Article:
By Brian Longwe

Lilongwe-(MaraviPost)- Several reports have revealed that malnutrition is a leading contributor to nearly half of all deaths in under-five children, and has its higher occurrence in Asia and African countries.

For instance, United Nations Children’s Fund (UNICEF) recent report on nutrition points out that “between 2000 and 2016, the number of stunted under-fives worldwide declined from 198 million to 155 million while at the same time, the figure have increased at an alarming rate in west and central Africa from 22.9 million to 28.1 million.”

UNICEF recent reports disclose that every year, 14,000 newborns die in Malawi, rural areas being the target.

However, there is potential that Malawi could eradicate the problem if local people get massive sensitisation and civic education on the importance of receiving martenal, neonetal and child health services.

Minister of Health, Atupele Muluzi made the sentiments on Monday during the media briefing on an official opening of 2017 Annual Child Health week Campaign at Capital Hill in Lilongwe.

Muluzi explained that the ministry in collaboration with its partners across the world officiate the one week campaign as an initiative of ensuring that people fully understand the significance of following collect procedures in fighting against under-nutrition in the country.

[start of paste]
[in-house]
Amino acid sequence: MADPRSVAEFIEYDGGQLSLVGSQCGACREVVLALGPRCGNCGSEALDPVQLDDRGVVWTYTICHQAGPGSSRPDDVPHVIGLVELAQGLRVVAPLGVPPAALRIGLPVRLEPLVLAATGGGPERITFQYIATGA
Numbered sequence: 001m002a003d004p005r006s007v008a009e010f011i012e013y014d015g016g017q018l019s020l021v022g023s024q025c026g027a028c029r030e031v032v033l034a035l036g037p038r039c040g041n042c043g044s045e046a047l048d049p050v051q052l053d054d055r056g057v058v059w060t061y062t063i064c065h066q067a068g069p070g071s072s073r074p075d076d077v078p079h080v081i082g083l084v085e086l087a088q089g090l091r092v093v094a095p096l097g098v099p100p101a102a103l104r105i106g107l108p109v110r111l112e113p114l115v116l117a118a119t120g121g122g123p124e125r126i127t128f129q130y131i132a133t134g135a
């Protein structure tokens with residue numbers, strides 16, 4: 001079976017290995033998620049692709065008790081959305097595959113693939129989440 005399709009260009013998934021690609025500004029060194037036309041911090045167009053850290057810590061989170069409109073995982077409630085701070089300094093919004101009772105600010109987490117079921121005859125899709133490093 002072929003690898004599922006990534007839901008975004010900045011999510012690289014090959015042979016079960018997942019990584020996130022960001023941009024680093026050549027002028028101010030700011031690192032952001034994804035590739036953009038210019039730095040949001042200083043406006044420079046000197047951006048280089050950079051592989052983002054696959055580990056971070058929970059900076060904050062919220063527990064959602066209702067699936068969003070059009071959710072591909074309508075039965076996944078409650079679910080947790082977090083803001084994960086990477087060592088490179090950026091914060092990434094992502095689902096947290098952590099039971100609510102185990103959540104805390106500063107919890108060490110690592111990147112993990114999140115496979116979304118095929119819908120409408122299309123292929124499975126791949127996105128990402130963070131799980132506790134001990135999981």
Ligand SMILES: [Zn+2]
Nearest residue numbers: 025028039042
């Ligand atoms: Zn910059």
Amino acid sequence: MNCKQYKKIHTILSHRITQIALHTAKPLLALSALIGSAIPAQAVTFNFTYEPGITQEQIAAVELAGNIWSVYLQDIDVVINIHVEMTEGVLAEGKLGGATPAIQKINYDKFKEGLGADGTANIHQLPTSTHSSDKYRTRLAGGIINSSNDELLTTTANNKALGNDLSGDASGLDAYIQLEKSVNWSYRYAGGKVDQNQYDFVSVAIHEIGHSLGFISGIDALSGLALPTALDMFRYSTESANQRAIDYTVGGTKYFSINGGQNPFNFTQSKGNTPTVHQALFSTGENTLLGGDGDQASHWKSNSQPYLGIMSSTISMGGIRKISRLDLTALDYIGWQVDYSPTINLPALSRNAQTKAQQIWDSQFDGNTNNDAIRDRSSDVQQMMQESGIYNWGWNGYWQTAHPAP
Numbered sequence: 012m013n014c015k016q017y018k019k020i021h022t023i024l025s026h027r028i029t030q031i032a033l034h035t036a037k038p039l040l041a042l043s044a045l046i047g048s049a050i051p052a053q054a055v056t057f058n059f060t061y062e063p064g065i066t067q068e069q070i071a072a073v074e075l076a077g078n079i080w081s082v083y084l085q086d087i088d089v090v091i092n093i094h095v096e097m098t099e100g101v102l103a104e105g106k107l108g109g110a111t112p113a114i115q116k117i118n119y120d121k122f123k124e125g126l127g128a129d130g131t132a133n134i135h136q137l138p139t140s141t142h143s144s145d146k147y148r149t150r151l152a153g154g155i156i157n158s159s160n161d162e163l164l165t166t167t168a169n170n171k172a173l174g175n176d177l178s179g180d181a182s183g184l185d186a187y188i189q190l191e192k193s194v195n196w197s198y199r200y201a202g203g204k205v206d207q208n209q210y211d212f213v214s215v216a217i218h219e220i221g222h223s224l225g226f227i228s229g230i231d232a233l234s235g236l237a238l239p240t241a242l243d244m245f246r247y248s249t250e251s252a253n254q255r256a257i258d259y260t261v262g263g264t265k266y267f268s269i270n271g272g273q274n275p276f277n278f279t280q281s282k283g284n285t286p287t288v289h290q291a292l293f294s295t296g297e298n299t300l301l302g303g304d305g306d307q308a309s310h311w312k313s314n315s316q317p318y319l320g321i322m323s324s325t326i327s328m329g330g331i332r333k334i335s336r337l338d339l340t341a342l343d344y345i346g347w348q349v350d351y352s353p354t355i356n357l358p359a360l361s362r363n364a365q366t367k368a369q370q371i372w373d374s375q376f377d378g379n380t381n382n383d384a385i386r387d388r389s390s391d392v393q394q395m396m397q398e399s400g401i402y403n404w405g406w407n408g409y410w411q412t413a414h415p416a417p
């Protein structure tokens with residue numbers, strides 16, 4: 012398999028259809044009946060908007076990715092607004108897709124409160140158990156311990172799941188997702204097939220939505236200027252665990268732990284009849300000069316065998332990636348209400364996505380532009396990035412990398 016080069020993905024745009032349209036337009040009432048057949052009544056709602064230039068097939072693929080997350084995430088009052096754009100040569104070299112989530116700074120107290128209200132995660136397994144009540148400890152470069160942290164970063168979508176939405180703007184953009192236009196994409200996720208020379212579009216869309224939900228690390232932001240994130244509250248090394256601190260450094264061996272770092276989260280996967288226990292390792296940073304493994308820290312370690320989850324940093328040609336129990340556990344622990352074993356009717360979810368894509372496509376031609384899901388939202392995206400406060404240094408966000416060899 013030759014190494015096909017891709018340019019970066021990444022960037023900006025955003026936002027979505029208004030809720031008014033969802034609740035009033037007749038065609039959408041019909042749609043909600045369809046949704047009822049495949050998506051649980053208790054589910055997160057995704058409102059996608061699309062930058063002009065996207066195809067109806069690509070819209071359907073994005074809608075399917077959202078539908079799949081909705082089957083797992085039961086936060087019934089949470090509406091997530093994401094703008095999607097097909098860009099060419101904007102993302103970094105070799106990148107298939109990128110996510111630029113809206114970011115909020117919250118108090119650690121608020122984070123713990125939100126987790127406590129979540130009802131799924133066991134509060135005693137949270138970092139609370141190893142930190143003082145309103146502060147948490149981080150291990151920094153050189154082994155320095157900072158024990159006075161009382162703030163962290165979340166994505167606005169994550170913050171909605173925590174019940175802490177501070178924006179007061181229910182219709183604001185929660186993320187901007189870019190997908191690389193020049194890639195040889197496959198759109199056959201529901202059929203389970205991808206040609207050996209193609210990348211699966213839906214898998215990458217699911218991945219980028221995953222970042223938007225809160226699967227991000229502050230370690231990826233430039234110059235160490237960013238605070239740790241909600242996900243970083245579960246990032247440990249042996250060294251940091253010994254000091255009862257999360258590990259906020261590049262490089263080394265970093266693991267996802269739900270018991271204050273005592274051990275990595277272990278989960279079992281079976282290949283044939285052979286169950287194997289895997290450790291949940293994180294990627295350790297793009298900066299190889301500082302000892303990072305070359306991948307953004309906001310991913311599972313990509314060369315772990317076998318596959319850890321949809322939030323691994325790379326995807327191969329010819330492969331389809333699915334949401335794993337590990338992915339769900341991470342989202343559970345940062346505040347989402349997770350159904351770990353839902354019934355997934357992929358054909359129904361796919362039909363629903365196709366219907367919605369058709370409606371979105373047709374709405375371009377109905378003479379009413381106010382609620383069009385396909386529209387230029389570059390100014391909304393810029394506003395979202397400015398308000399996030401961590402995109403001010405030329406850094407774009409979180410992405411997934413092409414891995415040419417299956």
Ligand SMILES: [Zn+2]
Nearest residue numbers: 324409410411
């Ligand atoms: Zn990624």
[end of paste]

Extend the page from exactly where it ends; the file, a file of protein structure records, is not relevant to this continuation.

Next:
“This is one way, we, as ministry use to ensure that child health is considered a priority. Most infections come as a result of lack of essential food nutrients, we know that local people in rural settings cannot afford to provide all required resources.

“This is the reason through this annual campaigns we urge them to frequently take their children to health centers to get supplements like; Vitamin A and immunisations.” said Muluzi.

In his remarks, UNICEF representative Johannes Wedening assured the public of his organisation committment to support the country in achieving Strategic Sustainable Growth on health.

According to the 2015-2016 demographic and health surveys illustrates that “infant mortality rate is down to 42 per 1000 live births and underfive mortality is down 64 per 1000 live births.

Stunting has reduced from 47% in 2010 to 37% in 2016, and anaemia in underfives has reduced from 55% in 2009 to 28% today.” this clearly indicates that in the next coming four or five years, Malawi will have been improved healthcare.

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